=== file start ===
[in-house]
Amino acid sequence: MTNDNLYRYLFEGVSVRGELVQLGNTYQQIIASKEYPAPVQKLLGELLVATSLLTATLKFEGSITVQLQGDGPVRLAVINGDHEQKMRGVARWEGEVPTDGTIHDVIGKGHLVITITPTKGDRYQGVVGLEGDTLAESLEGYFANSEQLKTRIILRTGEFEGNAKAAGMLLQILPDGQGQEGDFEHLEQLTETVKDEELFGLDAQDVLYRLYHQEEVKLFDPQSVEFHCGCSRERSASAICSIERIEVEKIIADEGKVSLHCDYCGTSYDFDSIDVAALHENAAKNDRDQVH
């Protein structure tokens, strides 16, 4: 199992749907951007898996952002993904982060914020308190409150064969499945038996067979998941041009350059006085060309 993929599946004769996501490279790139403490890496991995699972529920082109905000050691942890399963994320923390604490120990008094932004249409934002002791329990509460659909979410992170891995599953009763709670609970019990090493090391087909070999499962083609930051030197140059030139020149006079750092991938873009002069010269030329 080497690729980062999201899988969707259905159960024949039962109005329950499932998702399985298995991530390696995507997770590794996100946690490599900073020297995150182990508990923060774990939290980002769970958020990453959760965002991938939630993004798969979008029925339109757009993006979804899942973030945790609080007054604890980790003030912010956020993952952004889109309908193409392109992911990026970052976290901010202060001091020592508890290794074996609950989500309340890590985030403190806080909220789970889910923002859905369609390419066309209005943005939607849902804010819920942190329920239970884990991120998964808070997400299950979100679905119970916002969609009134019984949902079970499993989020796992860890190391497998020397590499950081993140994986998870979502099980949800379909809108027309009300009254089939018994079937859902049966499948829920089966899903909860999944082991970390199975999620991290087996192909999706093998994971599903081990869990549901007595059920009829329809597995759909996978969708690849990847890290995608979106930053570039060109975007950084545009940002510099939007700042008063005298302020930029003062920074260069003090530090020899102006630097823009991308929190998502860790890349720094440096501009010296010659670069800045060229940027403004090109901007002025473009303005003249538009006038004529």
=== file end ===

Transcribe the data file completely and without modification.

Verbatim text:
[in-house]
Amino acid sequence: MTNDNLYRYLFEGVSVRGELVQLGNTYQQIIASKEYPAPVQKLLGELLVATSLLTATLKFEGSITVQLQGDGPVRLAVINGDHEQKMRGVARWEGEVPTDGTIHDVIGKGHLVITITPTKGDRYQGVVGLEGDTLAESLEGYFANSEQLKTRIILRTGEFEGNAKAAGMLLQILPDGQGQEGDFEHLEQLTETVKDEELFGLDAQDVLYRLYHQEEVKLFDPQSVEFHCGCSRERSASAICSIERIEVEKIIADEGKVSLHCDYCGTSYDFDSIDVAALHENAAKNDRDQVH
């Protein structure tokens, strides 16, 4: 199992749907951007898996952002993904982060914020308190409150064969499945038996067979998941041009350059006085060309 993929599946004769996501490279790139403490890496991995699972529920082109905000050691942890399963994320923390604490120990008094932004249409934002002791329990509460659909979410992170891995599953009763709670609970019990090493090391087909070999499962083609930051030197140059030139020149006079750092991938873009002069010269030329 080497690729980062999201899988969707259905159960024949039962109005329950499932998702399985298995991530390696995507997770590794996100946690490599900073020297995150182990508990923060774990939290980002769970958020990453959760965002991938939630993004798969979008029925339109757009993006979804899942973030945790609080007054604890980790003030912010956020993952952004889109309908193409392109992911990026970052976290901010202060001091020592508890290794074996609950989500309340890590985030403190806080909220789970889910923002859905369609390419066309209005943005939607849902804010819920942190329920239970884990991120998964808070997400299950979100679905119970916002969609009134019984949902079970499993989020796992860890190391497998020397590499950081993140994986998870979502099980949800379909809108027309009300009254089939018994079937859902049966499948829920089966899903909860999944082991970390199975999620991290087996192909999706093998994971599903081990869990549901007595059920009829329809597995759909996978969708690849990847890290995608979106930053570039060109975007950084545009940002510099939007700042008063005298302020930029003062920074260069003090530090020899102006630097823009991308929190998502860790890349720094440096501009010296010659670069800045060229940027403004090109901007002025473009303005003249538009006038004529």